Tehran wasn't a great place to be in 1984. The Iran-Iraq War was in full swing. Saddam Hussein was targeting civilians with chemicals. Children were conscripted to fight back. Both sides were launching missiles at each other's most populous cities. That's when and where Cash was born, the second son of a loving mother and a father who he says was "running all the national banks in Tehran." By 1988, the small family left a spacious home and many close relatives to move to a riverside apartment in the Ottawa projects, where Cash's dad became a taxi driver. Cash saw enough before leaving Iran—like "a house I played at a week before not there no more, just, in the ground," he says—to understand the opportunity that came with their ostensible humbling.
He says growing up in a war zone made him fearless: "There's no situation you could put me in now that's gonna be worse." Plus, he was old enough to grasp his father's sacrifice, "so me and my brother could be in a space where we can make our own decisions, be what we want to be."
There are plenty of places one could conduct an interview in a $4.5 million home on 1.5 acres of land, but Cash and I are sitting in the one room that's bursting with colour.
The walls are a striking harissa-red, same as the Persian rug festooned with blue and green flowers, the gold-spangled sofa cushions, and many of the glasses in the tea set resting on an ornately carved and painted table (another sport a chest, a weed grinder, and promotional Belly wrapping papers). There's a green and gold hookah by the glass doors, which open to the yard, pool, and basketball court.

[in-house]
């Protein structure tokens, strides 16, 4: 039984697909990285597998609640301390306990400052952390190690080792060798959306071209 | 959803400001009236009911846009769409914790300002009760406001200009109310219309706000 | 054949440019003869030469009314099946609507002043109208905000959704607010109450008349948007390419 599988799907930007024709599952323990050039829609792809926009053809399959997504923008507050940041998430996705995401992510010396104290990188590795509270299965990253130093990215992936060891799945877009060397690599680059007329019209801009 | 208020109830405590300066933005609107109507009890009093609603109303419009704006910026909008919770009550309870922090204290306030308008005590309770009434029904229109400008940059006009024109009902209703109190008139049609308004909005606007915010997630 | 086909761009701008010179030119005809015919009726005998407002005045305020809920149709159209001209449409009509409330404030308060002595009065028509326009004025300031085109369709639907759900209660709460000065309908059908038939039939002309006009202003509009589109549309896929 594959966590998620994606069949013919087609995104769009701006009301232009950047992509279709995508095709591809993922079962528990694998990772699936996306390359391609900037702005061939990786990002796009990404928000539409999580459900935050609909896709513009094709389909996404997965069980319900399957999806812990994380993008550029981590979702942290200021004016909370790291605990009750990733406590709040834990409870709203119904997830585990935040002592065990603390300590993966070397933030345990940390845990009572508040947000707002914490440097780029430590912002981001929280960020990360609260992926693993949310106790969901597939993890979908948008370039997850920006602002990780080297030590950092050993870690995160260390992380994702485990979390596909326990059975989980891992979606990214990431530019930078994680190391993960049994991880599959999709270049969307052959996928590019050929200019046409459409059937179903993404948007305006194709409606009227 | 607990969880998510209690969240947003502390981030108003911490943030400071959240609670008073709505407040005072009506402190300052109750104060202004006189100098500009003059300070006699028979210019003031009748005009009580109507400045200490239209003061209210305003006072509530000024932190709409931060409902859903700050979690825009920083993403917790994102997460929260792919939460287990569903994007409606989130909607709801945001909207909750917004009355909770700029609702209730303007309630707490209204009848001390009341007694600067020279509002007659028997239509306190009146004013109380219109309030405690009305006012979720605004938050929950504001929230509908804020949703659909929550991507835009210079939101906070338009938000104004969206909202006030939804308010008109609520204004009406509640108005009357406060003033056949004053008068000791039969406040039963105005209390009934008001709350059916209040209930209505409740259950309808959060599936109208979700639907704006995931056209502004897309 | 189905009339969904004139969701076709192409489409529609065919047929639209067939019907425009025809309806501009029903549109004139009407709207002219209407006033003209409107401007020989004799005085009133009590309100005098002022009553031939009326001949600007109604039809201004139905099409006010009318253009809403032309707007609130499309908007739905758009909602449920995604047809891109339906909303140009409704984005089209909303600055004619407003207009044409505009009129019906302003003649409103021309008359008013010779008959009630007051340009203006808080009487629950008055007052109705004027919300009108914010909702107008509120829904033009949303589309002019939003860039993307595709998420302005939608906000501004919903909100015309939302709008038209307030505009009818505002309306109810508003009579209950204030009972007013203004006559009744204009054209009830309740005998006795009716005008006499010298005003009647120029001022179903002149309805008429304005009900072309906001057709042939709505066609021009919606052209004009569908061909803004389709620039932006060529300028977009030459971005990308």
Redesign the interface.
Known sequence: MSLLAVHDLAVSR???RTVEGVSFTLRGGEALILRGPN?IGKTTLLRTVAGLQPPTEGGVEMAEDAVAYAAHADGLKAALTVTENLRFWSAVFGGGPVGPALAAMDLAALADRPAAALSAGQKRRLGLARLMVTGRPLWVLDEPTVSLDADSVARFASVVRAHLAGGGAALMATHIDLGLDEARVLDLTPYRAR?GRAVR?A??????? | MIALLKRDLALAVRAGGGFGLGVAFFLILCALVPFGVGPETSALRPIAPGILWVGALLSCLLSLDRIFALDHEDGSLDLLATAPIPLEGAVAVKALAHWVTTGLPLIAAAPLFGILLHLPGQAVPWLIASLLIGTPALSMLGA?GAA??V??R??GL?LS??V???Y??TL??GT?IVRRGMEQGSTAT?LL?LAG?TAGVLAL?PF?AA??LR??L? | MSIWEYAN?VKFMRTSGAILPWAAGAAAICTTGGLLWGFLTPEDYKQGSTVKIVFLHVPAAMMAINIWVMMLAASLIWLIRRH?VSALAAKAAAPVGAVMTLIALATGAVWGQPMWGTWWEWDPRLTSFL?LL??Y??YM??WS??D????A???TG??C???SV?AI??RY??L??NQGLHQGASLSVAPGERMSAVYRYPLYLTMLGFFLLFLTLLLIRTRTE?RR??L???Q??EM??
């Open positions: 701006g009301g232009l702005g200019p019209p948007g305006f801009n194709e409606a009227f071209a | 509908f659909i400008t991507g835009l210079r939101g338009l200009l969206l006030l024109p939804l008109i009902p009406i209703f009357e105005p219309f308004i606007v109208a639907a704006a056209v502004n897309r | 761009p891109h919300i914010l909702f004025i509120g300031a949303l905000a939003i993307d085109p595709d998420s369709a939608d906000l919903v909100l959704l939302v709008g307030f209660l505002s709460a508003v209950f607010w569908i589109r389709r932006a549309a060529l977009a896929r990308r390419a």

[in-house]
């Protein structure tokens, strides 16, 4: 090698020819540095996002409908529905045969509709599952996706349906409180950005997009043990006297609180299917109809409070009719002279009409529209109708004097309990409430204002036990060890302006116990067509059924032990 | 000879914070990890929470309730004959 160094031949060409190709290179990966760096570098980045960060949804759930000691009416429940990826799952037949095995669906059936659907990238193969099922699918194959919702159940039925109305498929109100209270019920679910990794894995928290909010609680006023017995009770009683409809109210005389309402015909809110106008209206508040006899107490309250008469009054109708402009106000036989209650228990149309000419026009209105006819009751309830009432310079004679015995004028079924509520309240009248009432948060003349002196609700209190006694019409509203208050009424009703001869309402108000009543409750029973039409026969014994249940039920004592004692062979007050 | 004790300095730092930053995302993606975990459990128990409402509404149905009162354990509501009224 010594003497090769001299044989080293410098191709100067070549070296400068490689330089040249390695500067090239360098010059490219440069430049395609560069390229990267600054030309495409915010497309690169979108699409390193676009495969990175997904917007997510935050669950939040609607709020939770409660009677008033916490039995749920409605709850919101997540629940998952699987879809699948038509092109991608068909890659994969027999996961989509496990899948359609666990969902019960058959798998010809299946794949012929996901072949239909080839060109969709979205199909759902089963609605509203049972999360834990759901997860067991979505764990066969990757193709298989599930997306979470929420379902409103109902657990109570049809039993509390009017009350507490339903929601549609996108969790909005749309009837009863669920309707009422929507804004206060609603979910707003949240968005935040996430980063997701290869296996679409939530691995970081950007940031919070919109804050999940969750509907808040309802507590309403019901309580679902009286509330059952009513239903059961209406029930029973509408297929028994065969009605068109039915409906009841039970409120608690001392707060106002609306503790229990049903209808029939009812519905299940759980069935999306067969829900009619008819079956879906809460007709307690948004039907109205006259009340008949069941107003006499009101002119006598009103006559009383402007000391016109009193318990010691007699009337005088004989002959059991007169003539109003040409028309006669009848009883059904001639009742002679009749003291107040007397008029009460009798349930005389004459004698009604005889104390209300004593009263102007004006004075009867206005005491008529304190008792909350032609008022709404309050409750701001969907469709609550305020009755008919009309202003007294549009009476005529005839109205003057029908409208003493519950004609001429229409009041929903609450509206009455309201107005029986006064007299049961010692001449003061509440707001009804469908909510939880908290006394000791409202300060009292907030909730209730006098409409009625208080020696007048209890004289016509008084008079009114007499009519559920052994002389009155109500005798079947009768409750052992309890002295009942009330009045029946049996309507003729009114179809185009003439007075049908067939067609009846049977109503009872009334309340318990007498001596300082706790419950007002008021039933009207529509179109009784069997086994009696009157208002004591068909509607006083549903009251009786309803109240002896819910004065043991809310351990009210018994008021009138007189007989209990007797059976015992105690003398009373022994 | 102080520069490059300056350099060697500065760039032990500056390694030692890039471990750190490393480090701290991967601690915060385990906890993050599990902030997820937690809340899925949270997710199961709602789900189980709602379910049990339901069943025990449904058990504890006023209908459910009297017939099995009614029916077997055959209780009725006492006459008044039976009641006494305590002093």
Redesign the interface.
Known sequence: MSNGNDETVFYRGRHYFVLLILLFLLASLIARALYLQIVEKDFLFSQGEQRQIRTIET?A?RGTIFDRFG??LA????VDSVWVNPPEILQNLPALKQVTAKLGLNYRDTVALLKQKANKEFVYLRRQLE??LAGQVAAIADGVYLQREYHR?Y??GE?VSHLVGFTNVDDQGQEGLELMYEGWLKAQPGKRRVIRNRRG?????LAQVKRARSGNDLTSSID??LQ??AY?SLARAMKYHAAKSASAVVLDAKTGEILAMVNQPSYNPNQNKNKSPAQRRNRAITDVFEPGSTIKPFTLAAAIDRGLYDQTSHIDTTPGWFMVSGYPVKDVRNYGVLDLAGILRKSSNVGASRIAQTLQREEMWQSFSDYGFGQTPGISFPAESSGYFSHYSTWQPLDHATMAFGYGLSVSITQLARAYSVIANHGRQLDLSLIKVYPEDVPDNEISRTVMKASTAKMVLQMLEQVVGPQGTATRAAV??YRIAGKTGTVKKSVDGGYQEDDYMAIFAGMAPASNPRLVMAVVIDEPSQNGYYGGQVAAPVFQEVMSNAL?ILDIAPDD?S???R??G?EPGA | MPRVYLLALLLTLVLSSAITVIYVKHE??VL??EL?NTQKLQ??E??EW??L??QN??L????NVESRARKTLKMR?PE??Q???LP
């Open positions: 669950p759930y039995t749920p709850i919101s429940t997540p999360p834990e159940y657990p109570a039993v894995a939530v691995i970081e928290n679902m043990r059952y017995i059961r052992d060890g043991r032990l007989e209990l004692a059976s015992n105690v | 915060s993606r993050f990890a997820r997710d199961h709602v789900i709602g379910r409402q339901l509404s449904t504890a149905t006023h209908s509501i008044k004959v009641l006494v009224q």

"This is my dojo, my connection with my roots," says Cash as he pulls his legs under him on the sofa and lights one of eight cigarettes he'll smoke in 80 minutes. He points to a portrait leaning in the corner—a great-great-great-great-great grandfather he says was "king of a state" in Iran. Next to that is a 200-year-old letter in the artful script from a shah thanking his great-great-grandfather architect, for working on a palace. Cash credits his brother, a Hyundai dealership manager with two kids, for passing on the family name, but he's also carrying forth a legacy: clout and wealth...
Chris Martins, Complex